Dismantling the barriers to lifelong learning with the National Skills Passport

As the Government takes steps to reform the education system with the development of a National Skills Passport, we consider the opportunity to create an interconnected and flexible education system that enables a fluid and learner-centric approach, addressing immediate workforce needs and lifelong learning requirements for all Australians.


The value for learners, higher education and the economy 

New models of lifelong learning are a necessity for the resilience of the education sector and Australian workforce. The opportunity to establish a National Skills Platform (NSP) stands at the forefront of this educational innovation. Here, we’ve intentionally used the term “platform” to reflect the greater opportunities for integrated experiences beyond the preconception of a singular passport.  

The NSP represents a transformative step towards an interconnected and flexible education system where the barriers between learning institutions and industry become permeable, enabling a fluid and learner-centric system. It provides the foundational capabilities for industries to better address the immediate needs of their workers alongside lifelong learning necessary to adapt to the rapidly changing demands of the global workforce.   


Overcoming the barriers to lifelong learning

The absence of a national skills standard and platform is a barrier to creating frictionless experiences for lifelong learning.  

Our perspective is centred on transitioning from the traditional dichotomy of "current student" versus "alumni" to an "always on" lifelong learning model. This means aligning the experience of moving in and out of active study with expectations of ease and simplicity, set by consumer experiences such as “Sign in with Google”.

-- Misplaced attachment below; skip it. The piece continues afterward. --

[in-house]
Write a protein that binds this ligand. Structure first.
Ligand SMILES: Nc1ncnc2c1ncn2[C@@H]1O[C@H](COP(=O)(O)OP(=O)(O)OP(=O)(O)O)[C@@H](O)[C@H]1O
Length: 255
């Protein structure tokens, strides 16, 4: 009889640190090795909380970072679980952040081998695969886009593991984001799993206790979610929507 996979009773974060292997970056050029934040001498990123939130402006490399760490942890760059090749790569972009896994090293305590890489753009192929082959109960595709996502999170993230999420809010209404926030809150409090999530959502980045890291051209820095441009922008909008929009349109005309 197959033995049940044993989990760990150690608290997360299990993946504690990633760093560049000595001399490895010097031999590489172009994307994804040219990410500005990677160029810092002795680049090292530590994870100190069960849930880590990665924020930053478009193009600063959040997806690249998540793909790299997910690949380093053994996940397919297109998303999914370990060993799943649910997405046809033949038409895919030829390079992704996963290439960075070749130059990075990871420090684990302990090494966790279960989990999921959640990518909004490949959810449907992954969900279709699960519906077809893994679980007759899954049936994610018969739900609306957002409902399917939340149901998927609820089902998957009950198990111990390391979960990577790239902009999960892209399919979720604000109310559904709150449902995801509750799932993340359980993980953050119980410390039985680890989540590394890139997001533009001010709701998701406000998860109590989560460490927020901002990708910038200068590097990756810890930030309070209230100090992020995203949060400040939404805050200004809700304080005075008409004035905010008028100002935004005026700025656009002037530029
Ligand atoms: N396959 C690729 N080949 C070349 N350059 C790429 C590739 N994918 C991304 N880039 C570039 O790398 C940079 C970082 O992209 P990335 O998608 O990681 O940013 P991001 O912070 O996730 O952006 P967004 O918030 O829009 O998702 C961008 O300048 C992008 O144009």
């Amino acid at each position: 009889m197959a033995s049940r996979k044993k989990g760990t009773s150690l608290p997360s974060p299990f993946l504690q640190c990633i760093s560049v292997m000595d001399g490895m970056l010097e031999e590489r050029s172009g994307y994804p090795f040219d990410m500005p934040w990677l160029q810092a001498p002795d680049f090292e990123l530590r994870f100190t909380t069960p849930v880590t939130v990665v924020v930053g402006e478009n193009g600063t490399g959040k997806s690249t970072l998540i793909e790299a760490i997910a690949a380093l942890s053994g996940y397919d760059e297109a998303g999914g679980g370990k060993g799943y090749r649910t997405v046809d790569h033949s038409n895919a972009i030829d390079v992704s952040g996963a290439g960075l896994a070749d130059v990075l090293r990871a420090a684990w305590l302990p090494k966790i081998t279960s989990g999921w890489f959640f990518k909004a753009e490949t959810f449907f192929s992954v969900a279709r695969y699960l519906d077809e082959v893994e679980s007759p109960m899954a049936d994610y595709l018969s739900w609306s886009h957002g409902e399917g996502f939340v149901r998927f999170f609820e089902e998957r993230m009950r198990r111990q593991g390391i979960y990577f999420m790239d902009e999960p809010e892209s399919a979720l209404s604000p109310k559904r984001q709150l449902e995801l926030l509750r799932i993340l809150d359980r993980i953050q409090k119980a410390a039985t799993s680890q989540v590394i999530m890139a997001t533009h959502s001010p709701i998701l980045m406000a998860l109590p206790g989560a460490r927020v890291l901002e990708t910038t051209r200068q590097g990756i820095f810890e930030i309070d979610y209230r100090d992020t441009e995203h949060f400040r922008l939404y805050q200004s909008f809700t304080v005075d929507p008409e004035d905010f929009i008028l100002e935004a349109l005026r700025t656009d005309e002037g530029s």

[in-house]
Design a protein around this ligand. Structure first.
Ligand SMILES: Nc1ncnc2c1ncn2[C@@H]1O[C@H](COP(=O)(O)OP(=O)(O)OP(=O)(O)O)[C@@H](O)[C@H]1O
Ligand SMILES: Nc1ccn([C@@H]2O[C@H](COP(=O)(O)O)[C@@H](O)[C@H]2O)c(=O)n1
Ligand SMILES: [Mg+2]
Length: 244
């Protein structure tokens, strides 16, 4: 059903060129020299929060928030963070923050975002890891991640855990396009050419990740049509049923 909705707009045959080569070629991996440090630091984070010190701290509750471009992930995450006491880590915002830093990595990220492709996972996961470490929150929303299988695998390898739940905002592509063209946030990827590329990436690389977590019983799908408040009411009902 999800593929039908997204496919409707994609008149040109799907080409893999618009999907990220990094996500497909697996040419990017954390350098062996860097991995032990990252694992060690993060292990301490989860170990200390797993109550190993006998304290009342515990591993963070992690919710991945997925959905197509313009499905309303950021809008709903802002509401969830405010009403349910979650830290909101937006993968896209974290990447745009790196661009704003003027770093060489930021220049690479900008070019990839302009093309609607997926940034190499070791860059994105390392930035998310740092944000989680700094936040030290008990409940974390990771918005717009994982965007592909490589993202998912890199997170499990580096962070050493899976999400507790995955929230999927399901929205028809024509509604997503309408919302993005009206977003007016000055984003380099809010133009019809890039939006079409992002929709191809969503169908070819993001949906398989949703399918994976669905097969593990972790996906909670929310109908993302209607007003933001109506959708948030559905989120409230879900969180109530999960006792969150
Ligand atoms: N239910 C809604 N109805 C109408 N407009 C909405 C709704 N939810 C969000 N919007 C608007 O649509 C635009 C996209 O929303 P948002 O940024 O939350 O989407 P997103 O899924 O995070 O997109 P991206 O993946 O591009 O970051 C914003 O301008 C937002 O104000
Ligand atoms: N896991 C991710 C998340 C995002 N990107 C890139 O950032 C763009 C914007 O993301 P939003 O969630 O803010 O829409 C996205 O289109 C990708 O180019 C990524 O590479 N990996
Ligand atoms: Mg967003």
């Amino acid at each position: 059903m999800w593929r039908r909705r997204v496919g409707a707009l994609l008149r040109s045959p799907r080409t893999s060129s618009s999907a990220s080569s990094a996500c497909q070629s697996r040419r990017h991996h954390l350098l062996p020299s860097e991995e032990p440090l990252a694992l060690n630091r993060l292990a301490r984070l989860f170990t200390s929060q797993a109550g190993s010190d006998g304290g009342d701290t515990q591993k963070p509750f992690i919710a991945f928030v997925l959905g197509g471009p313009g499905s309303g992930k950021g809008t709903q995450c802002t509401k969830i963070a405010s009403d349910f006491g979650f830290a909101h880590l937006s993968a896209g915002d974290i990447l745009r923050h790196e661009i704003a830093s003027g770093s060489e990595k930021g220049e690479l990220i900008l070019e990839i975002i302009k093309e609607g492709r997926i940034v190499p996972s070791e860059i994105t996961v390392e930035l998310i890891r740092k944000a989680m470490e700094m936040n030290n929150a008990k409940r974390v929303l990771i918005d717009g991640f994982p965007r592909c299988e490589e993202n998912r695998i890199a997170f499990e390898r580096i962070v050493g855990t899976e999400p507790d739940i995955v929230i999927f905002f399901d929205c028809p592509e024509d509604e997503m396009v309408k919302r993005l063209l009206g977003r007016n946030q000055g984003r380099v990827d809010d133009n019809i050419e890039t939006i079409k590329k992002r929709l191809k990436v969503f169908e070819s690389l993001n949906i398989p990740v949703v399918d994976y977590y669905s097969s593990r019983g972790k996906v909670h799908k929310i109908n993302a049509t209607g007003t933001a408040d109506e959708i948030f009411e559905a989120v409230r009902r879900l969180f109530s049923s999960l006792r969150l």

As we partner with higher education institutions to break down barriers to learning, they have the power to customise their educational products – ranging from micro-credentials and vocational training to postgraduate courses – to address the diverse, ongoing needs of learners. This allows institutions to shape uninterrupted learning pathways that foster continuous education within their own product offering.  

However, this approach faces the challenge of "institution lock-in". Prospective and current students want the flexibility to choose when, how and where they study. This is a prime opportunity for the NSP to provide the capability that drives a cohesive and connected student experience that spans the entire sector, facilitating recognition and pathways for lifelong learning across various providers. 

To achieve this, we need to: 

  • recognise that standardisation paves the way for seamless experiences with effortless transferability of credentials 
  • understand that facilitating credential transferability is not a zero-sum game where one institution loses when another gains a student; it serves to lift the overall engagement in learning across the sector 
  • acknowledge the necessity for the education sector to become more permeable and accessible, aligning with expectations both inside and outside the educational landscape